Write the following numbers in scientific notation. [latex]920,000,000[/latex]
 [latex]10,200,000[/latex]
 [latex]100,000,000,000[/latex]
Answer:
 [latex]\underset{\longleftarrow}{920,000,000}[/latex] We will move the decimal point to the left, it helps to place it at the end of the number and then count how many times you move it to get one number before it that is between [latex]1[/latex] and [latex]10[/latex]. [latex]\underset{\longleftarrow}{920,000,000}=920,000,000.0[/latex], move the decimal point [latex]8[/latex] times to the left and you will have [latex]9.20,000,000[/latex], now we can replace the zeros with an exponent of [latex]8[/latex], [latex]9.2\times10^{8}[/latex]
 [latex]\underset{\longleftarrow}{10,200,000}=10,200,000.0=1.02\times10^{7}[/latex], note here how we included the [latex]0[/latex] and the [latex]2[/latex] after the decimal point. In some disciplines, you may learn about when to include both of these. Follow instructions from your teacher on rounding rules.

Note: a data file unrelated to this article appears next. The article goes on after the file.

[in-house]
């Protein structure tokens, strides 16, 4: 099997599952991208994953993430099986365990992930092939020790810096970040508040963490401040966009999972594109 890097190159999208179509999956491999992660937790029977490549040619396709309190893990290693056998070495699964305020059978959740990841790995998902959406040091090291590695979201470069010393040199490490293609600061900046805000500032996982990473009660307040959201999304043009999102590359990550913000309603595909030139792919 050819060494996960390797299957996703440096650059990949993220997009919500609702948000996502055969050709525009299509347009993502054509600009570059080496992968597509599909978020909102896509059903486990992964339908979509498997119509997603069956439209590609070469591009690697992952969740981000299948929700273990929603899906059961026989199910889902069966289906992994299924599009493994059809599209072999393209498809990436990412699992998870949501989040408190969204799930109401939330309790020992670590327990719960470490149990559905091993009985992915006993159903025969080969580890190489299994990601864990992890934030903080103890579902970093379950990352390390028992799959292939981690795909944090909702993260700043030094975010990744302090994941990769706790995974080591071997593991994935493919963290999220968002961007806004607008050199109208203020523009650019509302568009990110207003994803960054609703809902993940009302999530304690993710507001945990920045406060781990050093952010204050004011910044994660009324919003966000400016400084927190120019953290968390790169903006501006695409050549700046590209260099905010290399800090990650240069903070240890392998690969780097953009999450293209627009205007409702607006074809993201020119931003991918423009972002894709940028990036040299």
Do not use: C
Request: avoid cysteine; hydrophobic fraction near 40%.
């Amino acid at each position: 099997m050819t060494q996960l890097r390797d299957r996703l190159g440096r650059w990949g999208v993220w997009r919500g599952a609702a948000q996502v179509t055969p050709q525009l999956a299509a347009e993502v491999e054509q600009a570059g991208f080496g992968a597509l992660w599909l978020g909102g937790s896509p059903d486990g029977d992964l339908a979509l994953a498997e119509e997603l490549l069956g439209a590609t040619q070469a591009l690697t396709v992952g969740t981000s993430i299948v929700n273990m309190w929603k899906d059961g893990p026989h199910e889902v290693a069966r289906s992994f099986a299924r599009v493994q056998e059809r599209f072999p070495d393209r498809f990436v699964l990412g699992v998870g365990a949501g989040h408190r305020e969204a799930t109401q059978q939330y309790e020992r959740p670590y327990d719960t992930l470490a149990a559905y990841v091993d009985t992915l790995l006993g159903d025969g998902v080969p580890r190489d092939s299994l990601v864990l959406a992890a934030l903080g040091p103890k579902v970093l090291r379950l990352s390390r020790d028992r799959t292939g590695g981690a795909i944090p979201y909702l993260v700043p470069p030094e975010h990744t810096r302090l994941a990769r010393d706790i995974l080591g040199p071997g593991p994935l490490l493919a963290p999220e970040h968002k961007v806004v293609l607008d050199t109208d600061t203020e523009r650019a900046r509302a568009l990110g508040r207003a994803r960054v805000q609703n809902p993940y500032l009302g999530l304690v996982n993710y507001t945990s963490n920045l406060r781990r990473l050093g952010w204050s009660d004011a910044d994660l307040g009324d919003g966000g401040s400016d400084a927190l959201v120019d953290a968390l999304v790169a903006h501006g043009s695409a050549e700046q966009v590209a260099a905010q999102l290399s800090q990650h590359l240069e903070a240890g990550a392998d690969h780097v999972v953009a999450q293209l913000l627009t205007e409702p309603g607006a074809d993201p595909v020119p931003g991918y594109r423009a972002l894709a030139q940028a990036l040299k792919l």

[latex]\underset{\longleftarrow}{100,000,000,000}=100,000,000,000.0=1.0\times10^{11}[/latex]
try it
[ohm_question]146311[/ohm_question][latex]\begin{array}{r}\underset{\longrightarrow}{0.00004}=00.0004\times10^{1}\\000.004\times10^{2}\\0000.04\times10^{3}\\00000.4\times10^{4}\\000004.\times10^{5}\\0.00004=4\times10^{5}\end{array}[/latex]
You may notice that the decimal point was moved five places to the right until you got to the number 4, which is between [latex]1[/latex] and [latex]10 [/latex]. The exponent is [latex]−5[/latex].example
Write in scientific notation: [latex]0.0052[/latex]Answer: Solution
[latex]0.0052[/latex]  
Move the decimal point to get [latex]5.2[/latex], a number between [latex]1[/latex] and [latex]10[/latex].  
Count the number of decimal places the point was moved.  [latex]3[/latex] places 
Write as a product with a power of [latex]10[/latex].  [latex]5.2\times {10}^{3}[/latex]